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PABLO NERUDA

 

 

 

from Let the Railsplitter Awake

 

 

I.

 

West of the Colorado

there's a place I love.

There, all that lives

passes thru me—

what I've been, what I am, what sustains me.

There, the savage air

with its thousand hands

sculpted the high red rocks:

blind scarlet rose from the abyss—

transformed them to copper, strength, fire.

America, spread like a buffalo skin

in the clear & aery galloping night

above the star-spread heights,

I drink your cup of green dew.

 

Yes!  thru bitter Arizona, gnarled Wisconsin

with Milwaukee raised against wind & snow,

in the flaming marshes of West Palm,

near the pines of Tacoma,

in the dense steel smell of your forests

I wandered the earth, among

blue leaves, cascading stones,

hurricanes trembling with music,

rivers like monasteries full of prayers,

geese, apples, earth & water,

infinite silence of growing wheat.

 

There, deep in the stone, I could

stretch eyes, ears, hands to the air,

to hear

books, trains, snow, battles,

factories, tombs, gardens, footsteps,

the moon over the ship near Manhattan,

the song of the weaving machine,

the iron spoon eating the earth,

the drill that hammers like a condor—

all that cutting, pressing, running, stitching:

beings lashed to wheels of birth and death.

 

I love the farmer's little house.  New mothers sleep

in aromas like the tamarind's, like clothes

newly ironed.  Fires burn

in a thousand homes & onions hang & dry.

(When men sing near the river

their voices are rough, like riverbottom stones:

tobacco rose in its wide leaves

& like a fire spirit filled these houses).

Come deeper, into Missouri, see the cheese & flour,

the odorous planks, red as violins,

the man navigating thru the barley,

the newly mounted blue colt

who sniffs & smells bread & alfalfa:

church bells, poppies, blacksmith shops

& in the rustic ramshackle theaters

Love shows its mouth full of teeth

in the earthborn dream.

What we love is your peace, not your personae.

Your warrior face shows no brotherly love.

You are sisterly, spacious, North America—

you come from a humble cradle, like a washerwoman

near your rivers, in white. 

Growing in mystery,

your sweetness is honeyed peace.

 

We love your man, his hands red

with Oregon clay, your black boy

who brought you music

from the ivory coast:  we love

your city, substance,

light, machines, your Western

energy, the peaceful

honey from hive & town,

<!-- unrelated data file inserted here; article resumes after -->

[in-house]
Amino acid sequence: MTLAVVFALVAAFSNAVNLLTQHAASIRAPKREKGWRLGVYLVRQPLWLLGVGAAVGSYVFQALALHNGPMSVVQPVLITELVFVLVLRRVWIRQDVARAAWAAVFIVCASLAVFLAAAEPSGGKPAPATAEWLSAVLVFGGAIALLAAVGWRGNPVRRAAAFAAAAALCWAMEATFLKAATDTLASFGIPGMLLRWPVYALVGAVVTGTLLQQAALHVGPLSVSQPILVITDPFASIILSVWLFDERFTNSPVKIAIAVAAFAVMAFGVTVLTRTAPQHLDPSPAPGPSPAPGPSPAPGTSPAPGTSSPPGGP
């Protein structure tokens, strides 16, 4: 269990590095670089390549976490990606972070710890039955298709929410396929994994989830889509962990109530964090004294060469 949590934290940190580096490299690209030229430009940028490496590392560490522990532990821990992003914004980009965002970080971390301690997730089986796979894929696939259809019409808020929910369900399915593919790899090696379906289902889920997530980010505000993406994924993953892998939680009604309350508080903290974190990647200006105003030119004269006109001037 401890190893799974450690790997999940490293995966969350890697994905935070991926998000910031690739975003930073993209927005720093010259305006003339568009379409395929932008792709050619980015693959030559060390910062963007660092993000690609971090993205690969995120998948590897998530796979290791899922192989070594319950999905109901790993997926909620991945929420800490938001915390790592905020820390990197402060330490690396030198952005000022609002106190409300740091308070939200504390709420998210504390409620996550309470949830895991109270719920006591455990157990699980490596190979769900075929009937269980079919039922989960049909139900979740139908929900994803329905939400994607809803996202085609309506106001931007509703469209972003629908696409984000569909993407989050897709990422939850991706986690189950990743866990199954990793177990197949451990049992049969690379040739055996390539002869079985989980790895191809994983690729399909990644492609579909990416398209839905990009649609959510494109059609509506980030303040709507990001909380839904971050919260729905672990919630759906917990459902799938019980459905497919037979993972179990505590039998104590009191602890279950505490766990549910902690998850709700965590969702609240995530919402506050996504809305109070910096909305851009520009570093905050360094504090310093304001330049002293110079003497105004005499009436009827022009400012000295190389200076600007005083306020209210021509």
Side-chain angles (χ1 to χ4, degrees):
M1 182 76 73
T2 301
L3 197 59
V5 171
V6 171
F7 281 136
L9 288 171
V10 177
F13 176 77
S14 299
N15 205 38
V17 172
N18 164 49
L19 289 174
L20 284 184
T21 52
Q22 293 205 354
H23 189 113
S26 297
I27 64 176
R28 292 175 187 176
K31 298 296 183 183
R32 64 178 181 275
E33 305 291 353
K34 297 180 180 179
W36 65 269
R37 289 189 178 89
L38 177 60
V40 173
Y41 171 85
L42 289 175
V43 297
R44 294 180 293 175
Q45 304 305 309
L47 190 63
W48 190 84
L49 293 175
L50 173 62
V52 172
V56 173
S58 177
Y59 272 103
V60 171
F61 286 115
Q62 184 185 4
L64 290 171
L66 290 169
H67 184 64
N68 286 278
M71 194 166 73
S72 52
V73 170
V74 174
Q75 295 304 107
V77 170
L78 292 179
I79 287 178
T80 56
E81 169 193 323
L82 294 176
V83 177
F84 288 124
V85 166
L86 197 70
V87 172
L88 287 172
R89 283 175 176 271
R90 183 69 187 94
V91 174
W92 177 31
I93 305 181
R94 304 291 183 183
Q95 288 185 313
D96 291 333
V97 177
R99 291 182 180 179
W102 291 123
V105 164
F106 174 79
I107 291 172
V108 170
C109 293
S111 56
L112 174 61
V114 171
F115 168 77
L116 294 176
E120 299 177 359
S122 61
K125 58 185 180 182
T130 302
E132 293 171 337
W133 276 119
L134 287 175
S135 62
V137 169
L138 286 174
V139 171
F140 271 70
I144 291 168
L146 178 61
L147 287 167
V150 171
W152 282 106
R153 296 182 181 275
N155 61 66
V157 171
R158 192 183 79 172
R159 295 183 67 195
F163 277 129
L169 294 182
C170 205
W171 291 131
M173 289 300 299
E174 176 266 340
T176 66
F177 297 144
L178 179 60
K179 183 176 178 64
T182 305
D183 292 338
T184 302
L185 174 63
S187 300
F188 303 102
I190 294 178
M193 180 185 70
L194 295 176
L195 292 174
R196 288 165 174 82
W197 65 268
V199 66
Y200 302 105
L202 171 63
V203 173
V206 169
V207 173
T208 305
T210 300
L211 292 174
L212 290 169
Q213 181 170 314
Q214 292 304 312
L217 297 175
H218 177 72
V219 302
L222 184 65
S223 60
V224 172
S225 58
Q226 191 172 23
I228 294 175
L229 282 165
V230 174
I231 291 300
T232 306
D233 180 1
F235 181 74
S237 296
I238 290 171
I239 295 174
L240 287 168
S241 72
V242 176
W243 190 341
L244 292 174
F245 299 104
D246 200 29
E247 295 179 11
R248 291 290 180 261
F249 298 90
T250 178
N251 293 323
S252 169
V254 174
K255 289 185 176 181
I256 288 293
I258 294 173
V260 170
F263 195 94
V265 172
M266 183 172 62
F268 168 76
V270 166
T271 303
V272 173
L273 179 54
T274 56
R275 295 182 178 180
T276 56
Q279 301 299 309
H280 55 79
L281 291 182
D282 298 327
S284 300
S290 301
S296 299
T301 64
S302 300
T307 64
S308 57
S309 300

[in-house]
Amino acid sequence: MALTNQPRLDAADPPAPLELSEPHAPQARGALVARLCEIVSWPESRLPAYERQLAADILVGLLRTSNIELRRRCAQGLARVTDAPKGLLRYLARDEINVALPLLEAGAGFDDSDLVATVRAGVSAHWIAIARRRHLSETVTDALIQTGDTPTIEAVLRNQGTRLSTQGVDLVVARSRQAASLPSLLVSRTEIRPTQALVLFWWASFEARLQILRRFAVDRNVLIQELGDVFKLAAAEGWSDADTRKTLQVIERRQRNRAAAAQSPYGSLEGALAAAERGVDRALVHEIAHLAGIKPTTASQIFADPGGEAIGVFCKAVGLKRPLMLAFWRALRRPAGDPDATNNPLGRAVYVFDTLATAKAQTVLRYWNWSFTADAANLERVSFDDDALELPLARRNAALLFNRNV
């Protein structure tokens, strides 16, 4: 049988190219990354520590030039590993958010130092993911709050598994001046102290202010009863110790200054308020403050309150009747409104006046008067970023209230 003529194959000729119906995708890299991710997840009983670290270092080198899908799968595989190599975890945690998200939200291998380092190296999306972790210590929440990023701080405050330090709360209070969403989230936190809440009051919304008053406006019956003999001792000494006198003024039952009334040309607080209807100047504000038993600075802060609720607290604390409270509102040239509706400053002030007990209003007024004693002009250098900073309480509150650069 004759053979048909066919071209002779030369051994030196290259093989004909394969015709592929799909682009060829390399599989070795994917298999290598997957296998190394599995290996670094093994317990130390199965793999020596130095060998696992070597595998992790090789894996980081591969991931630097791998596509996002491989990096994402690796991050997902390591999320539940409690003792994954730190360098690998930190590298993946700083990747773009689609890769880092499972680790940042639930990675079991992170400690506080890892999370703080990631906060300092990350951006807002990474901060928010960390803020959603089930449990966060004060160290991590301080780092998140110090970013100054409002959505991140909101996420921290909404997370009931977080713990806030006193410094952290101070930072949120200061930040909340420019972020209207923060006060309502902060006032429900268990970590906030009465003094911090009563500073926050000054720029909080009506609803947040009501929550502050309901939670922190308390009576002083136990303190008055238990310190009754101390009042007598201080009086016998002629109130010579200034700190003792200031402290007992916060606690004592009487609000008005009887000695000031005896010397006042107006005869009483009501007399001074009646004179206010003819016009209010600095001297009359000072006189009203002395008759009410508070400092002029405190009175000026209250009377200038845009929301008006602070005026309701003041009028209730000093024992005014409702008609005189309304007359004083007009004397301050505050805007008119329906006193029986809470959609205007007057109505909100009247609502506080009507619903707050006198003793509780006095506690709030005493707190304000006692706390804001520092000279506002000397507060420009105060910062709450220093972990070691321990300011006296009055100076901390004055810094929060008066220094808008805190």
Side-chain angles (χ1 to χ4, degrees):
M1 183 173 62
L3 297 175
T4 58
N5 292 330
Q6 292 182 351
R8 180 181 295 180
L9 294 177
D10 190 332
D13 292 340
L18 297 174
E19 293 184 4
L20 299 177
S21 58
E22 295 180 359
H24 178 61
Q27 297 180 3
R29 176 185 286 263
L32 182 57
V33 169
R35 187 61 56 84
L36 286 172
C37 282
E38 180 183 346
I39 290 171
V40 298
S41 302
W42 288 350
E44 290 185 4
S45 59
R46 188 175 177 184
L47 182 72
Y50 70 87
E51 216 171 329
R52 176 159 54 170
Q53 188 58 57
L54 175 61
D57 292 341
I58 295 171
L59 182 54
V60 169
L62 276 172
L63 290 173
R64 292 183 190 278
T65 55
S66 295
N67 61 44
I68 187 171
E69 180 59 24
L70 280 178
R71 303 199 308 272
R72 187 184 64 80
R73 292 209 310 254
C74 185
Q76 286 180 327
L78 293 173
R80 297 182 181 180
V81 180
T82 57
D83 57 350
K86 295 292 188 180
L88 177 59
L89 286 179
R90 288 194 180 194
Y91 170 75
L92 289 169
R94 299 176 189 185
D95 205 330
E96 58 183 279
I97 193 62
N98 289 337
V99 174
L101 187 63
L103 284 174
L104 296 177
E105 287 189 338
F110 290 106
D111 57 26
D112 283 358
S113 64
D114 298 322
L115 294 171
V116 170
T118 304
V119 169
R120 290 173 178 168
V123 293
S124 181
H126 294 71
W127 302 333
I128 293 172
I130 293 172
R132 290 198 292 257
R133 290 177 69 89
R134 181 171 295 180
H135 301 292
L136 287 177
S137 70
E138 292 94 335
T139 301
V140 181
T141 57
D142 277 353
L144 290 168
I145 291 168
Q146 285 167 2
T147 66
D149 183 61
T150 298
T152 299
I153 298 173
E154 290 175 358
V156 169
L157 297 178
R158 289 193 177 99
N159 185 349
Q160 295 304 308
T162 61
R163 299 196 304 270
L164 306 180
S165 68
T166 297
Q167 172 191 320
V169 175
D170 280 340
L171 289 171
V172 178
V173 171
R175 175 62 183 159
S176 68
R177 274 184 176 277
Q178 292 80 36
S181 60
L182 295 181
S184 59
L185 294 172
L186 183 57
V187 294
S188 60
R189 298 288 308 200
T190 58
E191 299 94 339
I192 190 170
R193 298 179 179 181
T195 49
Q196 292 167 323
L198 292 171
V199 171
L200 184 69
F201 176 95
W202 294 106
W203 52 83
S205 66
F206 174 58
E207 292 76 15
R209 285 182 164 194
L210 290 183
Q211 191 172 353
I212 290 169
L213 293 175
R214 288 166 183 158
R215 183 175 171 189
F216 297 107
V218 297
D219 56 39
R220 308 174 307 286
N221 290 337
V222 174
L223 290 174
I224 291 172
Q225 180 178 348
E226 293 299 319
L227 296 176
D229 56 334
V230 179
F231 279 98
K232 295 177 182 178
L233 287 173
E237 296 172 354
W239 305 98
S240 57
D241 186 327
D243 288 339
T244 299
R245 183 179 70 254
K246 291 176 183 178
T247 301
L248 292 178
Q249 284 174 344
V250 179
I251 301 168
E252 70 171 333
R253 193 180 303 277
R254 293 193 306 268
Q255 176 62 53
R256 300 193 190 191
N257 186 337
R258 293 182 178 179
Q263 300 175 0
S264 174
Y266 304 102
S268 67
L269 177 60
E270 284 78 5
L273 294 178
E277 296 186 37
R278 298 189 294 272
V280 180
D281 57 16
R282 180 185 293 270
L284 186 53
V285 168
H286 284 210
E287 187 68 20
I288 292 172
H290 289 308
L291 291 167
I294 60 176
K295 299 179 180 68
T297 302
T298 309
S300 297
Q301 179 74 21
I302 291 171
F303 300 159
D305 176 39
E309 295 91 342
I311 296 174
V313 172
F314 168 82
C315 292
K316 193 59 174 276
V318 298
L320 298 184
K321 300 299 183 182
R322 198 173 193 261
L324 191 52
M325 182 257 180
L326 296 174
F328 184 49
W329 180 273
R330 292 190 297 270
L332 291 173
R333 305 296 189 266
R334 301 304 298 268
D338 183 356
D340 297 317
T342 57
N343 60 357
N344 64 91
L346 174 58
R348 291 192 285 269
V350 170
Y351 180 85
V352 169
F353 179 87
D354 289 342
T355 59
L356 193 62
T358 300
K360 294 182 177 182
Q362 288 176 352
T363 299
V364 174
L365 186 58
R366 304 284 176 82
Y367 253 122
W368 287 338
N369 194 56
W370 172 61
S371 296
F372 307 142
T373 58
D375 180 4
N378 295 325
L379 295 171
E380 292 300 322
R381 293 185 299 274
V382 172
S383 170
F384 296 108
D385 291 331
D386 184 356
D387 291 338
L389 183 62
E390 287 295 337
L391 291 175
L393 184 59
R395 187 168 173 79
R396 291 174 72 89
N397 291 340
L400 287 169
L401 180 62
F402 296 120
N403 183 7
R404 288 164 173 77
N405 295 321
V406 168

the giant boy on his tractor,

the oats you inherited

from Jefferson, the rumbling wheel

that measures your terrestrial ocean,

factory smoke, the thousandth

kiss of a new colony:

we love your worker's blood,

your popular hand, full of oil.

 

Under the prairie night, time

sleeps over the buffalo skin in a grave

silence—sleeping syllables, the song

of what I was before birth, what we all were.

Melville is a sea fir—his branches

curve into a keel, one arm

of timber & ship.  Whitman, numberless

as grain, Poet in his dark

mathematics, Dreiser, Wolfe,

fresh wounds of our own absence,

& more recently, Lockridge, all in the depths,

& how many others in darkness;

over these the same western dawn burns

& from them we make what we are.

Mighty infantry, blind captains

trembling in action, among leaves,

stopped by joy & grief

on the plains crossed by traffic—

how many unvisited dead in the flatlands:

tortured innocents, prophets published recently,

over the buffalo skin of the prairie.

 

From France & Okinawa, from the atolls

of Leyte (Norman Mailer has told this story),

from the furious air, from the waves,

almost all the boys have come back.

Almost all . . . the history of mud & sweat

was green & bitter; none heard

the song of the reefs well enough,

nor touched, except in death,

the earth, bright fragrant crown of the islands:

         blood & shit

hounded them, grease & rats—

the desolate, exhausted heart fought on.

But they've come back

                                   & you've received them

in the wide open lands

& those who've come back have closed up

like a corolla of numberless anonymous petals,

to be reborn & to forget. 

 

 

Translated by David Cope